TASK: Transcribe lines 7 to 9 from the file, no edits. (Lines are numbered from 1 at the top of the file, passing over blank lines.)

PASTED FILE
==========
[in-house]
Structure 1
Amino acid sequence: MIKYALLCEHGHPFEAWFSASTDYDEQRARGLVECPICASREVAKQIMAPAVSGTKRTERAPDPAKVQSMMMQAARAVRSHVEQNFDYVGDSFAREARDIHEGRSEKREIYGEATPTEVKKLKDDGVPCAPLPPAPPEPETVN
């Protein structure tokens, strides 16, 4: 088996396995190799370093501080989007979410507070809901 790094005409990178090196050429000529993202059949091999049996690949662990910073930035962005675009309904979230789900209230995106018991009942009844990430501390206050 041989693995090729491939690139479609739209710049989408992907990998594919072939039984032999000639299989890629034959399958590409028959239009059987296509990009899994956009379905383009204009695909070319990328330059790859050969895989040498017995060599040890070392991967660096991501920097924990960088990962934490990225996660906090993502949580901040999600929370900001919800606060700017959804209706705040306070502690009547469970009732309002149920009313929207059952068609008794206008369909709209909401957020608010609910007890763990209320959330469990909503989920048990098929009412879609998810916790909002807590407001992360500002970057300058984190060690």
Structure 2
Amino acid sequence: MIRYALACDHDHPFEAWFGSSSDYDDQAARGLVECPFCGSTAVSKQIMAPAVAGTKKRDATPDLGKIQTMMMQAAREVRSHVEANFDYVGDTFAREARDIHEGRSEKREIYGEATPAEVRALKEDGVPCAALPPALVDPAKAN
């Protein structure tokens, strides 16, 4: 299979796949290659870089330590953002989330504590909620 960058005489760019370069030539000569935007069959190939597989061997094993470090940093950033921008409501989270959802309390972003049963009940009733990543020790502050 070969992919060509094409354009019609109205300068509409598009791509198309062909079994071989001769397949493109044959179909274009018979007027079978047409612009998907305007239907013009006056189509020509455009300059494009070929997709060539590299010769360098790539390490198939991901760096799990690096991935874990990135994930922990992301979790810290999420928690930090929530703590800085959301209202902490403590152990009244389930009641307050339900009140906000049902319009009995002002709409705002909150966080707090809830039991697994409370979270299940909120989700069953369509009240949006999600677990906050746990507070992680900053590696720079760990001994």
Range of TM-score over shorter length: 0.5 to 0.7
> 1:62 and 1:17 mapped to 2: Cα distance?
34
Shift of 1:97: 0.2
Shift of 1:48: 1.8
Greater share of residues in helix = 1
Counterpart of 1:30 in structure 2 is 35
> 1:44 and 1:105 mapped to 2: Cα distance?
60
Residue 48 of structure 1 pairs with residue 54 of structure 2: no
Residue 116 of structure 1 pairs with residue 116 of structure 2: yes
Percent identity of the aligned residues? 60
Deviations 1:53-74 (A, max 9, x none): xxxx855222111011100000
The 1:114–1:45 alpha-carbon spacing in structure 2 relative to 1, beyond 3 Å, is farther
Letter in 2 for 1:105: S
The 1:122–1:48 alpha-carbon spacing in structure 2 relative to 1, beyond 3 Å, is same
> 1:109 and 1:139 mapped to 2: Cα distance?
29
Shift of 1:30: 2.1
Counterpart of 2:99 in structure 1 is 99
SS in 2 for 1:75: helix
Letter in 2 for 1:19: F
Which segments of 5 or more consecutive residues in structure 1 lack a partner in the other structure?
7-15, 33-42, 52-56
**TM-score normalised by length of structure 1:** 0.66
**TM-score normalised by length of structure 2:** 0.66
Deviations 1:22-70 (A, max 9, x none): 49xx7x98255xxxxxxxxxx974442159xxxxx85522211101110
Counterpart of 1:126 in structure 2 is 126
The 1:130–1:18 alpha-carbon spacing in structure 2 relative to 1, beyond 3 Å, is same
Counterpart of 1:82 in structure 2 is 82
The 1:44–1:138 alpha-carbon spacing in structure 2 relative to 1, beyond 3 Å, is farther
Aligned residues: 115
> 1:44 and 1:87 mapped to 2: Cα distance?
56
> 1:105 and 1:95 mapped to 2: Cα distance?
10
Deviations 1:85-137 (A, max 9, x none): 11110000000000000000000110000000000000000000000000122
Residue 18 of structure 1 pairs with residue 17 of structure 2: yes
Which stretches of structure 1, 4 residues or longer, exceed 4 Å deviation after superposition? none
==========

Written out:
């Protein structure tokens, strides 16, 4: 299979796949290659870089330590953002989330504590909620 960058005489760019370069030539000569935007069959190939597989061997094993470090940093950033921008409501989270959802309390972003049963009940009733990543020790502050 070969992919060509094409354009019609109205300068509409598009791509198309062909079994071989001769397949493109044959179909274009018979007027079978047409612009998907305007239907013009006056189509020509455009300059494009070929997709060539590299010769360098790539390490198939991901760096799990690096991935874990990135994930922990992301979790810290999420928690930090929530703590800085959301209202902490403590152990009244389930009641307050339900009140906000049902319009009995002002709409705002909150966080707090809830039991697994409370979270299940909120989700069953369509009240949006999600677990906050746990507070992680900053590696720079760990001994």
Range of TM-score over shorter length: 0.5 to 0.7
> 1:62 and 1:17 mapped to 2: Cα distance?